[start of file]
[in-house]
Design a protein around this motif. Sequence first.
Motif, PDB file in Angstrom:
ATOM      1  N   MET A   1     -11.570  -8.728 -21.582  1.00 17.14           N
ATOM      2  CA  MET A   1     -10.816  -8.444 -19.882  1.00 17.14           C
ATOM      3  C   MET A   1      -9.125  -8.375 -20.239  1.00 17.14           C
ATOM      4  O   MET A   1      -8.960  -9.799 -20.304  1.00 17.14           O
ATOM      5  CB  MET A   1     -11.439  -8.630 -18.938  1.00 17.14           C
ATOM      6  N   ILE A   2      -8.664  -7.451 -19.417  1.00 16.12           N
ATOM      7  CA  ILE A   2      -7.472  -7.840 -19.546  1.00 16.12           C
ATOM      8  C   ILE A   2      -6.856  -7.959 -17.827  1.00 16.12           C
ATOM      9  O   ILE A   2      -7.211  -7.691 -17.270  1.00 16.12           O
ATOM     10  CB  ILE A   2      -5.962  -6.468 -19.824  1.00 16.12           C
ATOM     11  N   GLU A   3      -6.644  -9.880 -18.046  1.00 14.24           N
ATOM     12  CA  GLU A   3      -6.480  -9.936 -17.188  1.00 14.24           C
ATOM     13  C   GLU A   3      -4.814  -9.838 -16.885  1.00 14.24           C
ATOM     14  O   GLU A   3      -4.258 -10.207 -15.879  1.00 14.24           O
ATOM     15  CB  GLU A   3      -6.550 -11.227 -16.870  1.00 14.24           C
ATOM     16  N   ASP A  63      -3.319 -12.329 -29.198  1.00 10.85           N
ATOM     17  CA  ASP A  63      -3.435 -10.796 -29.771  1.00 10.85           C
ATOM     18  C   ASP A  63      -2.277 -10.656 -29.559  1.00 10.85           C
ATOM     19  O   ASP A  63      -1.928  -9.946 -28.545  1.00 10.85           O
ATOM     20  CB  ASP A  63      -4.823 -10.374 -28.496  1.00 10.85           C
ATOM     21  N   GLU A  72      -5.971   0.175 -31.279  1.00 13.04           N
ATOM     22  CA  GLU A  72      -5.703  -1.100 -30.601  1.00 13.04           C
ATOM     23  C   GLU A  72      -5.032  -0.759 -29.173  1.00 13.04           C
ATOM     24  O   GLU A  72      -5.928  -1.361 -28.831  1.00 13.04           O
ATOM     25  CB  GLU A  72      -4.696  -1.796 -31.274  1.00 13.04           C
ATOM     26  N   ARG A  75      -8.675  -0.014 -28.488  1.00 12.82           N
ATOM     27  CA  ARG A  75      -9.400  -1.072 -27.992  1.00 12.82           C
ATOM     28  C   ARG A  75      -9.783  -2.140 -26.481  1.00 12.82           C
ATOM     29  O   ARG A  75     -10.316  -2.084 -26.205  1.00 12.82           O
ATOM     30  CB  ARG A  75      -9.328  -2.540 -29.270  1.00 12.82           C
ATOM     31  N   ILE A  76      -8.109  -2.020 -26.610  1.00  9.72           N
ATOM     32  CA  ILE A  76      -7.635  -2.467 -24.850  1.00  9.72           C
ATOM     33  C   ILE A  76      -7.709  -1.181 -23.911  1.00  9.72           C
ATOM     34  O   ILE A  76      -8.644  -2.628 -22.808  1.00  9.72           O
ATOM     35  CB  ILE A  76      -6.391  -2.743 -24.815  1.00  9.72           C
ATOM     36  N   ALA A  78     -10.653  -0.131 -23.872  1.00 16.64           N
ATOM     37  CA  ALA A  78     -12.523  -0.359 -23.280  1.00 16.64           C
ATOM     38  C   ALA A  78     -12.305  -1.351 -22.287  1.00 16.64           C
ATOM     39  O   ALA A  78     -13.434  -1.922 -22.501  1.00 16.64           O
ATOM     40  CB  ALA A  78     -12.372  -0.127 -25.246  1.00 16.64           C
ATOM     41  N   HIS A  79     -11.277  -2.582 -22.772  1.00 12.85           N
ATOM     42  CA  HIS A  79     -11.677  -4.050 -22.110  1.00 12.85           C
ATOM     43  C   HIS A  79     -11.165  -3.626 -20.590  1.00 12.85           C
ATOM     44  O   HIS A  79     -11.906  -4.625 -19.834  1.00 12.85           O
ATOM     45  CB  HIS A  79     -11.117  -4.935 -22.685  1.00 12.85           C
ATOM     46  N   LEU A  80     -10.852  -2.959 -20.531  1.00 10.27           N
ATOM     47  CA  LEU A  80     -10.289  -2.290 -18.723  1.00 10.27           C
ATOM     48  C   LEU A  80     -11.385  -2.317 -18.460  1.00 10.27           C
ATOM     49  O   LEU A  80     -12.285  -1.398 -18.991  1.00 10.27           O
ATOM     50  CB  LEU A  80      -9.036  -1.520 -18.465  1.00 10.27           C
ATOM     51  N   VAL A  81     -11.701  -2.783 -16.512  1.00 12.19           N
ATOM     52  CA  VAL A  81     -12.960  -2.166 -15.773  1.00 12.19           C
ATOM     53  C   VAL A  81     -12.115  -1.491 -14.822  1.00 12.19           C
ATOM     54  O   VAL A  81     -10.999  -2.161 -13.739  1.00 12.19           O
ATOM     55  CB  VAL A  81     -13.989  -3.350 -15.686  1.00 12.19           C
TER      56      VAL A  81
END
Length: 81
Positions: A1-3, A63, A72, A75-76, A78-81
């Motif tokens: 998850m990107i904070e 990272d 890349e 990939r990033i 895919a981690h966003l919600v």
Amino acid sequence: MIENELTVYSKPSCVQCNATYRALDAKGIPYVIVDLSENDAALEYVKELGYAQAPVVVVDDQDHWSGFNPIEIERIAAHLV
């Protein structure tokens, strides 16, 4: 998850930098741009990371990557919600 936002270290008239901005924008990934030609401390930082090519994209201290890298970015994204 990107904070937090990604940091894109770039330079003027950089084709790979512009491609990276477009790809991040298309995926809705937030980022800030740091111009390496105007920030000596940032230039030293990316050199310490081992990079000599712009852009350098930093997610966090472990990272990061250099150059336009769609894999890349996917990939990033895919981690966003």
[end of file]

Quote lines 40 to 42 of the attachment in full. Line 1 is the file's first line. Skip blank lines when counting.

ATOM     37  CA  ALA A  78     -12.523  -0.359 -23.280  1.00 16.64           C
ATOM     38  C   ALA A  78     -12.305  -1.351 -22.287  1.00 16.64           C
ATOM     39  O   ALA A  78     -13.434  -1.922 -22.501  1.00 16.64           O